For the top card issuers, receivables growth has slowed down for the second year in a row.
In the annual American Banker survey of the 50 largest issuers of cards through banks, receivables grew only 6% in the 12 months through March, to $412 billion.
The rate was 10% in the preceding 12 months and 23.4% in year before that. (A chart on page 10 lists the growth in receivables of the top 50, adjusting for major portfolio acquisitions.)
Meanwhile net chargeoffs among the top 50 increased to 5.58% in March, from 4.74% a year earlier.
Issuers have faced other pressures. As card companies try to snatch customers from one another, marketing expenses are rising and enticements like low teaser rates are proliferating.
"Consolidation will continue at an accelerated rate and is likely to remain there for the next two or there years," said Jerry Craft, president of Inficorp, an Atlanta firm that manages credit card portfolios.
Early this year Citicorp preserved its lead over fast-growing MBNA Corp. in credit card receivables by purchasing AT&T Universal Card Services.
Banc One Corp. last year bought First USA Inc., boosting itself to No. 3 from No. 10. Fleet Financial Group bought Advanta Corp.'s card portfolio and leaped to ninth from 27th.
Since this year's first quarter, several more bank mergers and portfolio acquisitions have been announced, assuring that next year's list will again look different.
Two weeks ago, Banc One said it will purchase the $4.9 billion portfolio of Chevy Chase Bank, currently the 19th-largest card issuer. Chevy Chase is typical of second-tier and smaller issuers that are opting out of a business that increasingly demands economies of scale and sophisticated, expensive technology.
First Union Corp. and Wells Fargo & Co. divested portions of their portfolios, and Webster Bank of Waterbury, Conn., sold its $31 million of card assets.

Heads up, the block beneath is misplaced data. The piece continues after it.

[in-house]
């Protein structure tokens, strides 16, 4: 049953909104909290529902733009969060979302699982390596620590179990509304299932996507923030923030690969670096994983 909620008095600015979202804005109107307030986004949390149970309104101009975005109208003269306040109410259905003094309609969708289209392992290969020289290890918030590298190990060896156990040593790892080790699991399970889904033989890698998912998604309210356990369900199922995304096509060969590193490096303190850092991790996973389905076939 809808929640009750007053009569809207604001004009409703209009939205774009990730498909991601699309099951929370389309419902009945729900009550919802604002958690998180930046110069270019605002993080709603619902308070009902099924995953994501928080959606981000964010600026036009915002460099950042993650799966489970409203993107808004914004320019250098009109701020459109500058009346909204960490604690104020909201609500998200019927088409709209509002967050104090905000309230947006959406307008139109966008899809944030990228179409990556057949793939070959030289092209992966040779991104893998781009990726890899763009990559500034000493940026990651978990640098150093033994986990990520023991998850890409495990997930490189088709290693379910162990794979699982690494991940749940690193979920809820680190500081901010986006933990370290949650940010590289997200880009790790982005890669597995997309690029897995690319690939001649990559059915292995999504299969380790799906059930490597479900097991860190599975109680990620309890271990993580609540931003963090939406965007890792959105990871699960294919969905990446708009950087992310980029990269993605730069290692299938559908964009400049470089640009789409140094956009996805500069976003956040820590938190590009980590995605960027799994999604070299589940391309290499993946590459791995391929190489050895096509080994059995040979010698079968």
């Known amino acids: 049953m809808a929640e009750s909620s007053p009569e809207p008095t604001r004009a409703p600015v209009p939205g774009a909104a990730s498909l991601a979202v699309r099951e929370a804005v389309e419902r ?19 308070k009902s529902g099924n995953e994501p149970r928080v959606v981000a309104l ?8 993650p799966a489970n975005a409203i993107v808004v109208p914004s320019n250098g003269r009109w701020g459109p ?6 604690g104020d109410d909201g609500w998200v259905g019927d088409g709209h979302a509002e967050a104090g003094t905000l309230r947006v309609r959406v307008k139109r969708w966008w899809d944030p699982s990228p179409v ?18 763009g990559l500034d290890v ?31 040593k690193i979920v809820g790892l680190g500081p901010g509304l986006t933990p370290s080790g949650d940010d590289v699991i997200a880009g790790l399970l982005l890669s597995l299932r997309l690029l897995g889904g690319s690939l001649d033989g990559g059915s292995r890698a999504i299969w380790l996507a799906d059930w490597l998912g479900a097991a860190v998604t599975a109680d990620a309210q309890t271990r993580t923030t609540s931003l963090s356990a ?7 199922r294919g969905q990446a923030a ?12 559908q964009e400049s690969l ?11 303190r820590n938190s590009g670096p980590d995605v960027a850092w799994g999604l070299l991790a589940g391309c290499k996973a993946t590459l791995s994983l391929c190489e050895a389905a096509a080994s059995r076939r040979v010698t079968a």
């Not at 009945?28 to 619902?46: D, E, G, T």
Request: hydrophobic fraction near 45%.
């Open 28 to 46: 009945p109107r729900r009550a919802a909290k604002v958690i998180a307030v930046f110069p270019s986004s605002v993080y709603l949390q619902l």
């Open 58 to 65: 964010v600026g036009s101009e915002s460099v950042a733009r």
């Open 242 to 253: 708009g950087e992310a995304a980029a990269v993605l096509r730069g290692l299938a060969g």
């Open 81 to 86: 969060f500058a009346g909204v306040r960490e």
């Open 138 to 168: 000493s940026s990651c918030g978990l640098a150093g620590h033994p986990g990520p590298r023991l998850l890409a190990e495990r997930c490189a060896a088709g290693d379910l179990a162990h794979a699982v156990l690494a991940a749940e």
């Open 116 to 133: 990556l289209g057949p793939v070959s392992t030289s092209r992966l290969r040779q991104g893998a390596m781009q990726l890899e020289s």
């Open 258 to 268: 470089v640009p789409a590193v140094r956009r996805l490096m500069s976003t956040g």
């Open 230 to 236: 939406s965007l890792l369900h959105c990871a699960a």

"A lot of the banks aren't prepared for the national business," said Henry C. Dickson, a banking analyst for Salomon Smith Barney in New York. "That will play to the hands of the stronger players."
Mr. Dickson predicted banks that issue cards in their core regions alone will still feel competitive heat from afar.
Because of the consolidation, the top 50's share of all credit card receivables rose to 81.3% on March 31, from 79.7% a year before.
Big gainers this year included stalwarts such as MBNA, which posted a 21.9% increase in outstandings.
Also outpacing industry growth were New York-based Morgan Stanley Dean Witter & Co., which saw a 14.1% increase to $35.8 billion; and American Express Co., rising 19.3%, to $13.4 billion.
The resurgence of American Express, also of New York, is in part due to its Delta Airlines SkyMiles Optima card, its loyalty program Membership Rewards, and its small-business card.
"We have over the last several years offered a broader range of products," said Amex spokeswoman Gail Wasserman. That means "more choice for customers who want to do business with us."
As the number of large issuers continues to shrink, industry players will need multiple product offerings and a focus on technology and talent, Salomon's Mr. Dickson said.